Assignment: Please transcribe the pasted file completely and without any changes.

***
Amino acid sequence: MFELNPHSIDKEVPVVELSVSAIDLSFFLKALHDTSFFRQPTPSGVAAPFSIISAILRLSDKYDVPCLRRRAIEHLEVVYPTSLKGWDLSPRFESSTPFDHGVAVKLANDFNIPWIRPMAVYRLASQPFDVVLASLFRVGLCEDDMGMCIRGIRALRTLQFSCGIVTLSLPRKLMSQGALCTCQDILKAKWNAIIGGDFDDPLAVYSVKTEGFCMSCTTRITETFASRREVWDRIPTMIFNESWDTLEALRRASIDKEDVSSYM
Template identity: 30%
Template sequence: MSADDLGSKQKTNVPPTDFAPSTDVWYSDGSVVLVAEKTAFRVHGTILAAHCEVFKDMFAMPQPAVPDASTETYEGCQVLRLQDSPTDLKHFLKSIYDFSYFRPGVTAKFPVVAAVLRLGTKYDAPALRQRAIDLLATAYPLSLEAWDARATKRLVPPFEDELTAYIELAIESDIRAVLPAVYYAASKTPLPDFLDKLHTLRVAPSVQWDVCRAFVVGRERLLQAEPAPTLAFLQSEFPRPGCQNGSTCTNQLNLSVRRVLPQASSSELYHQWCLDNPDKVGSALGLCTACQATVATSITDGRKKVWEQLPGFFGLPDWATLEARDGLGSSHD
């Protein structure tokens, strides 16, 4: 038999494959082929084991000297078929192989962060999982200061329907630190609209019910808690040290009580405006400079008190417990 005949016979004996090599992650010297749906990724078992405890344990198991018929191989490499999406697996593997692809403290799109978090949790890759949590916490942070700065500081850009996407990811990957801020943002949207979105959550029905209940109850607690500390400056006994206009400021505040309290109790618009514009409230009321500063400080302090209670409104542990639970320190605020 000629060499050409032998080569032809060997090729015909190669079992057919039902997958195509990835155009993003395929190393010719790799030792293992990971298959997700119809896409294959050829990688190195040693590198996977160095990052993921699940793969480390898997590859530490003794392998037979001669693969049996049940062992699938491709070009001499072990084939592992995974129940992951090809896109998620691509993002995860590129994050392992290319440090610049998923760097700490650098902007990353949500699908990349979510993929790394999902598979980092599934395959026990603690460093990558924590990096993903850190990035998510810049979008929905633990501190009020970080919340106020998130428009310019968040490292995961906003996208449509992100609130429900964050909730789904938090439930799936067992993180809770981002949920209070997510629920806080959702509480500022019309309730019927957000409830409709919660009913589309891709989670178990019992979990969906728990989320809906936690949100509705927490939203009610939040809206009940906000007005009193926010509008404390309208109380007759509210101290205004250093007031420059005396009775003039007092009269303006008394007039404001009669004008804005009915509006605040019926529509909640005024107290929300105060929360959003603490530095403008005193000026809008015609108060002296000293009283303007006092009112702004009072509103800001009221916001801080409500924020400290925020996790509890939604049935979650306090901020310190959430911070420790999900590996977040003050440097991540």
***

Amino acid sequence: MFELNPHSIDKEVPVVELSVSAIDLSFFLKALHDTSFFRQPTPSGVAAPFSIISAILRLSDKYDVPCLRRRAIEHLEVVYPTSLKGWDLSPRFESSTPFDHGVAVKLANDFNIPWIRPMAVYRLASQPFDVVLASLFRVGLCEDDMGMCIRGIRALRTLQFSCGIVTLSLPRKLMSQGALCTCQDILKAKWNAIIGGDFDDPLAVYSVKTEGFCMSCTTRITETFASRREVWDRIPTMIFNESWDTLEALRRASIDKEDVSSYM
Template identity: 30%
Template sequence: MSADDLGSKQKTNVPPTDFAPSTDVWYSDGSVVLVAEKTAFRVHGTILAAHCEVFKDMFAMPQPAVPDASTETYEGCQVLRLQDSPTDLKHFLKSIYDFSYFRPGVTAKFPVVAAVLRLGTKYDAPALRQRAIDLLATAYPLSLEAWDARATKRLVPPFEDELTAYIELAIESDIRAVLPAVYYAASKTPLPDFLDKLHTLRVAPSVQWDVCRAFVVGRERLLQAEPAPTLAFLQSEFPRPGCQNGSTCTNQLNLSVRRVLPQASSSELYHQWCLDNPDKVGSALGLCTACQATVATSITDGRKKVWEQLPGFFGLPDWATLEARDGLGSSHD
């Protein structure tokens, strides 16, 4: 038999494959082929084991000297078929192989962060999982200061329907630190609209019910808690040290009580405006400079008190417990 005949016979004996090599992650010297749906990724078992405890344990198991018929191989490499999406697996593997692809403290799109978090949790890759949590916490942070700065500081850009996407990811990957801020943002949207979105959550029905209940109850607690500390400056006994206009400021505040309290109790618009514009409230009321500063400080302090209670409104542990639970320190605020 000629060499050409032998080569032809060997090729015909190669079992057919039902997958195509990835155009993003395929190393010719790799030792293992990971298959997700119809896409294959050829990688190195040693590198996977160095990052993921699940793969480390898997590859530490003794392998037979001669693969049996049940062992699938491709070009001499072990084939592992995974129940992951090809896109998620691509993002995860590129994050392992290319440090610049998923760097700490650098902007990353949500699908990349979510993929790394999902598979980092599934395959026990603690460093990558924590990096993903850190990035998510810049979008929905633990501190009020970080919340106020998130428009310019968040490292995961906003996208449509992100609130429900964050909730789904938090439930799936067992993180809770981002949920209070997510629920806080959702509480500022019309309730019927957000409830409709919660009913589309891709989670178990019992979990969906728990989320809906936690949100509705927490939203009610939040809206009940906000007005009193926010509008404390309208109380007759509210101290205004250093007031420059005396009775003039007092009269303006008394007039404001009669004008804005009915509006605040019926529509909640005024107290929300105060929360959003603490530095403008005193000026809008015609108060002296000293009283303007006092009112702004009072509103800001009221916001801080409500924020400290925020996790509890939604049935979650306090901020310190959430911070420790999900590996977040003050440097991540």